There are no “silver bullets” or shortcuts to attain the really big goals in life. If you have something of consequence on one side, the best way to achieve it is through an accumulation of small stones on the other side – working daily to create a balance between what you want in the short term and what you seek to acquire/become in the long term.
Source: StackStone Wealth: A private wealth advisory practice of Ameriprise Financial, Inc.
I am a typography nerd, so when I discovered the link to the New York City Transit Authority Graphics Standards Manual, I reveled in the opportunity to see some of the iconic pages online (it is also now a book). The signage standards were first designed in 1970, and the strict adherence to them has made them one of NYC’s most famous landmarks.
Determining a font style, kerning and color palette does not seem like sexy work, but it is through the consistency of application that the subway signs have become art. There is no variance is what is acceptable and this repetition makes them memorable.
Those who write standards manuals and enforce the application of them are often seen as nitpickers. I remember supporting the graphic designer who reprinted an entire order of notecards because the color was slightly off. Others wanted to keep them and “use them internally” but we recycled the whole lot. I am sure the NYC subway folks would have done the same.
There is a dual meaning to “standard” – and creating a standards manual that you strictly follow will make your work a gold standard for others to follow.
If you have ever seen a Dale Chihuly sculpture, you know that they are a montage of intertwined glass in vibrant colors, with different shapes and colors assembled in unique and visually captivating forms.
Chihuly’s work reminds me of yesterday’s dot, about how the Smithsonian curated a collection of John F. Kennedy photographs purchased from eBay. The exhibit exclusively utilized ordinary artifacts and made them special by their compilation. In a similar way, Chihuly utilizes individual pieces of glass that are not spectacular by themselves, but create stunning works of arts through their arrangement.
I think that too often we believe that greatness or creativity must be ONE.BIG.THING. — a monumental discovery, an epic piece of art or a product that is truly magnificent. What Chihuly and the Smithsonian demonstrate is that little things can add up to create something with synergy greater than the individual pieces. Dots that are connected can result in something amazing and new, even though the components are not so special if considered alone.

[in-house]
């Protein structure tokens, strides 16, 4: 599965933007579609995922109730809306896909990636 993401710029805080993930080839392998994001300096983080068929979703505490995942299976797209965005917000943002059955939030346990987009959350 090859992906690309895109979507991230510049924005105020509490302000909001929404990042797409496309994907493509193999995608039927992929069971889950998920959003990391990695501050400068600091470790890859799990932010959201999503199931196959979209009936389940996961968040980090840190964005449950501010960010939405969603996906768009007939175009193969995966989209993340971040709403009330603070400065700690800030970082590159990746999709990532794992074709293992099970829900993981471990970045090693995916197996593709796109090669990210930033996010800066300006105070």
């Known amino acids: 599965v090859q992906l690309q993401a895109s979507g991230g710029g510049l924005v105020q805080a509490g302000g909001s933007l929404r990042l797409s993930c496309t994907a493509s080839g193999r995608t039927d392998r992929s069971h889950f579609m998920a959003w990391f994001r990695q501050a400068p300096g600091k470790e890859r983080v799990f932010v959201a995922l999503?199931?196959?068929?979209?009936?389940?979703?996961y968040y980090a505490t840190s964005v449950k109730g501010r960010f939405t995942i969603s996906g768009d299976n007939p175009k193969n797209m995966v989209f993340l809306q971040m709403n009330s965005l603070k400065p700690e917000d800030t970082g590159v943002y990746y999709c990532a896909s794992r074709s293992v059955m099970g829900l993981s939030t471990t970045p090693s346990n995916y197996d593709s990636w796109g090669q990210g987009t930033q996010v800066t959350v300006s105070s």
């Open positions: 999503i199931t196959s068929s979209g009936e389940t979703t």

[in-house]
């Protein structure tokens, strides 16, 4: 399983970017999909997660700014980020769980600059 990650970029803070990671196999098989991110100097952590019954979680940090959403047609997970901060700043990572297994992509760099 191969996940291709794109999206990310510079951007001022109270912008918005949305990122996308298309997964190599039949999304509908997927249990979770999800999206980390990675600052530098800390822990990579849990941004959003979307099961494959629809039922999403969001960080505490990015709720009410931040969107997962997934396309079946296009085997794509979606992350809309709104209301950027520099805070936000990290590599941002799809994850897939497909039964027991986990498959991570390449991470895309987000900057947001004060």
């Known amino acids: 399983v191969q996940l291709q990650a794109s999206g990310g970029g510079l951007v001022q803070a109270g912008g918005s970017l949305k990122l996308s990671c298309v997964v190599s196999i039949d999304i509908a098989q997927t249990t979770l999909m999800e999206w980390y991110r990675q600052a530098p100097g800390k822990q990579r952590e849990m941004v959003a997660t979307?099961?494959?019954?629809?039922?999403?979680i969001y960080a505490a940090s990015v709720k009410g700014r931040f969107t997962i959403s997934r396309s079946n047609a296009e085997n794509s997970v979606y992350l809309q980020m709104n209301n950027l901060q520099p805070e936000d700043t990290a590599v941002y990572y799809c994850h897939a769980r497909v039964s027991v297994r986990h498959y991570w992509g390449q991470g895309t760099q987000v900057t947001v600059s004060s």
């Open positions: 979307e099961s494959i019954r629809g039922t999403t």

Don’t let your fear of the mountain prevent you from taking that first step. Start from where you are, with what you have, and see if you don’t end up with something noteworthy by putting together the ordinary in new ways.
There are many things that you take for granted: that the city will notify you when your taxes are due, that they have the correct address to do so and that your sidewalks and streets aren’t for sale. But for a San Francisco community, none of these things proved to be true.
In a fluke case, an unpaid tax bill on the common areas of an exclusive private street (including sidewalks, the street and parking) caused the city to put the property up for sale. The bill ($994) went unpaid because the accountant’s address hadn’t been updated since the 1980s. So when the land went on the auction block, a real estate developer bought it and wants to charge the homeowners to park in front of their homes. Now there will be far more than $994 in legal bills as the new landowners and the long-time residents duel over who has control.
You know the morals of the story: Don’t take things for granted. Details matter. Little things can turn into large problems if left unchecked. Today is just a reminder to heed the wisdom.
“You are setting an example — whether you want to or not” read the marquee outside a local church. The quote gave me pause for both is magnitude and simplicity, as well as for the accuracy of its message. People truly are watching.
Think about the example you are setting for others around you. Do your colleagues see you delivering the stellar service that you would hope to receive? Are your children observing you make sacrifices to support causes you admire? Have you committed the time to your friends that will sustain a relationship or does work always come first?
You may think that people aren’t paying attention, but when you consider how much you observe about others you’ll realize that someone is learning from you. It is through the small actions more than the big ones that our legacy is communicated. Live like someone is watching.